New York's Cooperative and Condominium Community

Habitat Magazine Business of Management 2021

HABITAT

ARCHIVE ARTICLE

Trishia Bermudez

Treasurer
Water’s Edge at Arverne
109 Beach 60th St.
Rockaway, Queens

Trishia Bermudez has always had a head for numbers. After emigrating to the United States from Belize as a teenager, she studied business accounting at Fordham University and earned a master’s degree in business at Molloy College on Long Island. Currently a senior accountant at B&T Accounting Services in Brooklyn, Bermudez moved into the Water’s Edge at Arverne, a 130-unit condominium made up of 65 two-story buildings on the Rockaway peninsula, in 2011. In addition to her duties as treasurer of the five-member board at Water’s Edge, a city-sponsored affordable housing development, she devotes much of her time to Perfect Piece of the Puzzle, a nonprofit that assists families with special-needs children, where she is CEO.

HABITAT: Can you tell us about your history at the co-op?
BERMUDEZ: I actually ended up here because of a breakup. I had been engaged to someone, but it didn’t work out. I was living with my mother in Brooklyn and wanted a fresh start, so I went on the NYC.gov website to look at housing lotteries and found Water’s Edge. The two-bedroom apartments were perfect, and with the subsidy, tax abatement and affordable common charges, it was a steal. I put my hat in, figuring my chances weren’t good. But here I am.

HABITAT: How did you come to be treasurer? The condo board’s president tells us they courted you because you’re a “financial wizard.”
BERMUDEZ: I was definitely wooed. I was a part of a community organization, Friends of the Beach, to improve the quality of life in the neighborhood and had grown close with some of the condo’s board members who were part of the group. Also, after being here for seven years, people knew that I did accounting for a living. And I had worked as a bookkeeper at a property management firm, WayFinder, so I had firsthand experience delivering monthly reports to buildings. It took me a while to say yes, because it’s a responsibility you have to be fully committed to.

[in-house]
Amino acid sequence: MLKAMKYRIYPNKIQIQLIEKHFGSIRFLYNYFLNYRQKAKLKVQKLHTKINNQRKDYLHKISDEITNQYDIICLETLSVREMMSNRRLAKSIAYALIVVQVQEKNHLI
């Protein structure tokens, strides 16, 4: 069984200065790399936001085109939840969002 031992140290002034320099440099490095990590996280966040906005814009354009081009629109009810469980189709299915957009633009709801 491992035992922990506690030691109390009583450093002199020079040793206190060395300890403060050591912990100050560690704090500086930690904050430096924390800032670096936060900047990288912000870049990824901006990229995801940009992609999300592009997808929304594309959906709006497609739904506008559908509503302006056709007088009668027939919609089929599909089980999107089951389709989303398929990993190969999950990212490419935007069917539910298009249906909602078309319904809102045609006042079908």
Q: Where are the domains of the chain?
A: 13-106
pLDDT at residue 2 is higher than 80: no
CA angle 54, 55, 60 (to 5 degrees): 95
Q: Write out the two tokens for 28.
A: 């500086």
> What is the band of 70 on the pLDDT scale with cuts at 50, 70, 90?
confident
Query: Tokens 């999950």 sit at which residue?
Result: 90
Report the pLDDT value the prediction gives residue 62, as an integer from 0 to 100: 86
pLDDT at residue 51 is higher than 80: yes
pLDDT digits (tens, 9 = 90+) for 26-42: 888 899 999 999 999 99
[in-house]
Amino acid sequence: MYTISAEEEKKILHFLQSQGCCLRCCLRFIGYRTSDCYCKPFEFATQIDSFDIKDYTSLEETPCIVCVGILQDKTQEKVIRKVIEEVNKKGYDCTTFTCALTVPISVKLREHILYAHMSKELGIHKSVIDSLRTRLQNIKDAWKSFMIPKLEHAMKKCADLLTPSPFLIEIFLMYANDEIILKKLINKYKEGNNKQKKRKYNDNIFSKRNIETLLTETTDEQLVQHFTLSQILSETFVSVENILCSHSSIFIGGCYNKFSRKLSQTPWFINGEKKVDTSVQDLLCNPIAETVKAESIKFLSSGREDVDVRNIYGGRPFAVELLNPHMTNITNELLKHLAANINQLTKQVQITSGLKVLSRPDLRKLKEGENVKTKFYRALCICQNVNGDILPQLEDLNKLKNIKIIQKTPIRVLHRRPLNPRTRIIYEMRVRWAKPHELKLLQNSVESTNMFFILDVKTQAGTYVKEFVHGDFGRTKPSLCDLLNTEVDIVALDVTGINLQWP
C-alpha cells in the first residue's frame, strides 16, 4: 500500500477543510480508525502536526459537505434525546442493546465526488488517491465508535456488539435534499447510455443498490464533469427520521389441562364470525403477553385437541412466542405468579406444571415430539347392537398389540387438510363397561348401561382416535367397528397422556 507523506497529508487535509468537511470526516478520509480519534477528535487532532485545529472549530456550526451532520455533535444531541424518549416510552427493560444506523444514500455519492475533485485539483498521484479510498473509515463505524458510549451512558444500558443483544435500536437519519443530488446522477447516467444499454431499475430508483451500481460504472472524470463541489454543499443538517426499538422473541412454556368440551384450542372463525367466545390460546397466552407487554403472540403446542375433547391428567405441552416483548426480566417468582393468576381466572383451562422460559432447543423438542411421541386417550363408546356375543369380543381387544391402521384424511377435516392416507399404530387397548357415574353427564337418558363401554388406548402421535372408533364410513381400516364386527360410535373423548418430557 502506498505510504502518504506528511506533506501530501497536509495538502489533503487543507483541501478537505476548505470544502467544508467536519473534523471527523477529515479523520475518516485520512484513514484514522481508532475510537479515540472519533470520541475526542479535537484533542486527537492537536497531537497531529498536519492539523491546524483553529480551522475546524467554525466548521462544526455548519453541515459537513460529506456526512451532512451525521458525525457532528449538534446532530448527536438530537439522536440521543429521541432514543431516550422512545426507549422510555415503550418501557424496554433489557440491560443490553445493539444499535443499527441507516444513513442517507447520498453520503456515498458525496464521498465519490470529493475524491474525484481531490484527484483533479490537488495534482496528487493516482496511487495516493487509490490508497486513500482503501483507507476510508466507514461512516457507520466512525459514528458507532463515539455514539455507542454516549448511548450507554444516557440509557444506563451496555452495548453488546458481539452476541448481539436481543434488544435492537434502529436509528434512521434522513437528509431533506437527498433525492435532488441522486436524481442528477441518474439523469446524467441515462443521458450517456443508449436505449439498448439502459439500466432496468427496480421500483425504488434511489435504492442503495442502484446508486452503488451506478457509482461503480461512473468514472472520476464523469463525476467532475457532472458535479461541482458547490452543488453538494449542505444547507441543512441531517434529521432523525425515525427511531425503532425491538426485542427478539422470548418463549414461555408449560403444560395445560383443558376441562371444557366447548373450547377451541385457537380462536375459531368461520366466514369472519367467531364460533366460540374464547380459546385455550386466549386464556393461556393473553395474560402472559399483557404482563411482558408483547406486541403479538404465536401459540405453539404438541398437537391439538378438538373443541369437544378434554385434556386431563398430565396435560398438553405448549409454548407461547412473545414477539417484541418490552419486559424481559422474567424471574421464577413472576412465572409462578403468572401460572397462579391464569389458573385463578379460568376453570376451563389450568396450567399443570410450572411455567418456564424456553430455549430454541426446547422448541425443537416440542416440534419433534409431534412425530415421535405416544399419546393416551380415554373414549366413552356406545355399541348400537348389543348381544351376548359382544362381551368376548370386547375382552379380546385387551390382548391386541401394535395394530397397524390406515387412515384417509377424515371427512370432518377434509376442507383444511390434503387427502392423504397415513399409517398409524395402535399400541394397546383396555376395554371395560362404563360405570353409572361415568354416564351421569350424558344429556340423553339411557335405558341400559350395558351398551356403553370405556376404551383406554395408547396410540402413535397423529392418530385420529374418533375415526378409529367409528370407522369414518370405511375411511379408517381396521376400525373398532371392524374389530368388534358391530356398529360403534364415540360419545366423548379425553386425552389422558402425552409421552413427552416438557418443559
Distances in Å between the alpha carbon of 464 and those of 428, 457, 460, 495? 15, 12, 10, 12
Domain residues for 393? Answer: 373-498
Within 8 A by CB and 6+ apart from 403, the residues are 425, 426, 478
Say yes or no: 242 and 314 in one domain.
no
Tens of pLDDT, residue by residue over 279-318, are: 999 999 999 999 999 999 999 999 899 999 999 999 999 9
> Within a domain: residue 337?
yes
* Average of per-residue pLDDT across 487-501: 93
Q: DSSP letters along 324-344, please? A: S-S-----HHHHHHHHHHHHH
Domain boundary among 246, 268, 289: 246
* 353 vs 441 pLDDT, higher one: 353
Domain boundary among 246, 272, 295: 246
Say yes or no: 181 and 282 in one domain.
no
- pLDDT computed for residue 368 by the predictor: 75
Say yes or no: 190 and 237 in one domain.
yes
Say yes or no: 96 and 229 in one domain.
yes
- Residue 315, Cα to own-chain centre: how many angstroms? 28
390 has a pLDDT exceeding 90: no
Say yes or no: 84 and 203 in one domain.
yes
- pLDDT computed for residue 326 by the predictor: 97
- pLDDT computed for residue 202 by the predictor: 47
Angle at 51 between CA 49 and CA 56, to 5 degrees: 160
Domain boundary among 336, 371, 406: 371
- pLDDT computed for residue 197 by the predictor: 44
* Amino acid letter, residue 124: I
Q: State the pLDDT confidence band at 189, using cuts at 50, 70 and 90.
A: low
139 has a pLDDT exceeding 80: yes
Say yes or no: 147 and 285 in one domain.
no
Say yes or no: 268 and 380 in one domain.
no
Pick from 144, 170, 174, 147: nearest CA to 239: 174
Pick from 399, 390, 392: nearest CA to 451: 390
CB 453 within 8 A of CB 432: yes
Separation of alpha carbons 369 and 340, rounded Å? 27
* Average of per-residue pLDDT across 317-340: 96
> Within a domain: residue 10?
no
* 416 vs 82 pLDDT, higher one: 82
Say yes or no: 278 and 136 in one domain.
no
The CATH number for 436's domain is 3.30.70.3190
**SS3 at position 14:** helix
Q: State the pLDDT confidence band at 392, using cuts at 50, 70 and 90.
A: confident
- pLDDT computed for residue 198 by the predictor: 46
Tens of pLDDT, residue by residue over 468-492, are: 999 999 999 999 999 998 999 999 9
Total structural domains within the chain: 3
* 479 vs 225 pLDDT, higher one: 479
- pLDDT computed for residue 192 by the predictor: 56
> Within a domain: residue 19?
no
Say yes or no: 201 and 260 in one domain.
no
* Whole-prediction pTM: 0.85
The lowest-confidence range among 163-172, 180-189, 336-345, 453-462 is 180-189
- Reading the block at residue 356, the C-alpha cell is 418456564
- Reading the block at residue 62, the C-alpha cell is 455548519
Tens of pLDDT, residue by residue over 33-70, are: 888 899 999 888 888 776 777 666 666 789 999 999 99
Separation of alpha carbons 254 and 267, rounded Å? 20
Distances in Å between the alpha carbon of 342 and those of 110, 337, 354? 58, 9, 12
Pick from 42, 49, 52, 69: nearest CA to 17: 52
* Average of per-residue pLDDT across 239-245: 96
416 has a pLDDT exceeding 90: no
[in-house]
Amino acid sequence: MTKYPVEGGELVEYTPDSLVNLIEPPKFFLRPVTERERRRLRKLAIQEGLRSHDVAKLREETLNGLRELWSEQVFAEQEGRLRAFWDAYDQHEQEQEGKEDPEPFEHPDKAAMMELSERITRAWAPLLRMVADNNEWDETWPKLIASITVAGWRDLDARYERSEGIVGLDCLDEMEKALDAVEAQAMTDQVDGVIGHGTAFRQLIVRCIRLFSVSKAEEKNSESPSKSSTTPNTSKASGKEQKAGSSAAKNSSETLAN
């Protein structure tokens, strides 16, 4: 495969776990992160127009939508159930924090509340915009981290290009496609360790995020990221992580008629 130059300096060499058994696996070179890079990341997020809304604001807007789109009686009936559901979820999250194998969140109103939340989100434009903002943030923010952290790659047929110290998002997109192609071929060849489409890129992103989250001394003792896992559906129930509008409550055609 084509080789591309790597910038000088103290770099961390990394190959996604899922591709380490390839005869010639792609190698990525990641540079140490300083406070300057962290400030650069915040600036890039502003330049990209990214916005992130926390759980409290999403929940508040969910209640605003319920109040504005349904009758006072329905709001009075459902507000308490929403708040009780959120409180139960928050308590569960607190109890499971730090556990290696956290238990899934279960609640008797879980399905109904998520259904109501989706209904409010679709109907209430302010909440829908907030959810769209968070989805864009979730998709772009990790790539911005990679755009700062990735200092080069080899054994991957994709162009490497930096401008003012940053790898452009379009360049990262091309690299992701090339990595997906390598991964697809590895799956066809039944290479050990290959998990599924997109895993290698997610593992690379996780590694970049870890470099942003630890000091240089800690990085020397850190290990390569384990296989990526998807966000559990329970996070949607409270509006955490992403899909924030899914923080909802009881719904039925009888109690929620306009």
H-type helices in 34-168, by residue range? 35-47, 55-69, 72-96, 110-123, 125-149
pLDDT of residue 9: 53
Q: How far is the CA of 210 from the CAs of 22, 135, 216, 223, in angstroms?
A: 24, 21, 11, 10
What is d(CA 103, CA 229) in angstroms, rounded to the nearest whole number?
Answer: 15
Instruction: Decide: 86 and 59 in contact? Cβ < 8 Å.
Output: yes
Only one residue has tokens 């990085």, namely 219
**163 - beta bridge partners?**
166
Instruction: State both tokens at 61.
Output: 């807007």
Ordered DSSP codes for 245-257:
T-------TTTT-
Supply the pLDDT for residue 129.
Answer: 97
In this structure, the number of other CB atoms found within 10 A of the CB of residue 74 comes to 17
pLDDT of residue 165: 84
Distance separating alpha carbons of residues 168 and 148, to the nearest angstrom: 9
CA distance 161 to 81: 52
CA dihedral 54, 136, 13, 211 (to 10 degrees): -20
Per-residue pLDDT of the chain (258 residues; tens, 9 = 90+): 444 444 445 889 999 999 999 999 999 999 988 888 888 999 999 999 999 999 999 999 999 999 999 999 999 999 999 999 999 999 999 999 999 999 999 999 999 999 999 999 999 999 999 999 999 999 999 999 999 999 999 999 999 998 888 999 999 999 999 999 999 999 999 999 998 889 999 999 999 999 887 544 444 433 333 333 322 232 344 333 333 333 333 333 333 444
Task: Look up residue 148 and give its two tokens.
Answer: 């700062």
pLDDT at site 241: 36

HABITAT: Being an affordable housing condo, are there any wrinkles to your duties as treasurer?
BERMUDEZ: It’s run just like any other condo or co-op. I go through the ledgers to make sure everyone is current with their common charges and review the monthly reports from our management company, Impact, looking at the bills that have been paid and making sure we have all the statements and receipts we should have. Also, with so much fraud happening now, you want to make sure that outside of our management company, no one is tapping into our bank account and taking out money.

HABITAT: How does it compare to your day job?
BERMUDEZ: It’s a lot easier than my day-to-day work, because I’m not actually entering information – which sometimes gets tedious – but reviewing and rectifying problems and then discussing it with the rest of the board to make sure that they’re aware of them and understand what they’re looking at. I like being able to look at the numbers and tell the board whether they look clean or need a little tweaking.

HABITAT: Have there been any recent projects that required your keen eye – or any that are now in the works?
BERMUDEZ: We recently replaced all the gutters that wrap around the buildings. Moving forward, we’re looking into solar panels on the roofs. I haven’t personally been up on the roof, but my understanding is that they’re a little bit different in terms of how to install solar paneling. Also, because each building has a separate apartment on each floor, we need to understand how that would work between the owners in terms of costs. We also want to replace the outdoor lighting fixtures, not just to make them more energy efficient but more durable and sustainable, especially because we’re on the water. And we’re changing out the dryer vents in each unit because a lot of people are having issues with birds getting into them.

HABITAT: Are there any other challenges on the horizon?
BERMUDEZ: Yes. We’re stepping into the second phase of our 20-year property-tax abatement. At Year 11, taxes will start to phase in gradually, and there will also be stipulations regarding leasing. When we hit Year 21, we’ll be paying property taxes in full. While that doesn’t directly affect the board, it will definitely be a new dynamic for the complex and will impact unit-owners. We want to do what we can to preemptively manage it.

HABITAT: How long do you plan to continue to serve on the board?
BERMUDEZ: I tell myself all the time that I’m not going to do it that much longer because I really want to focus more of my time on my nonprofit. But then I think about the life cycle of boards and how people can get burned out if they do it for too long. Boards constantly need fresh eyes and ears, and I’d like to help keep that freshness continuing. Also, it’s just in my nature that I like to know how things work, and there’s no better way to understand something than to be hands-on. Everyone keeps telling me that the only way I can get off the board is if I move – and they know that’s not happening. I love my nice little place by the beach.

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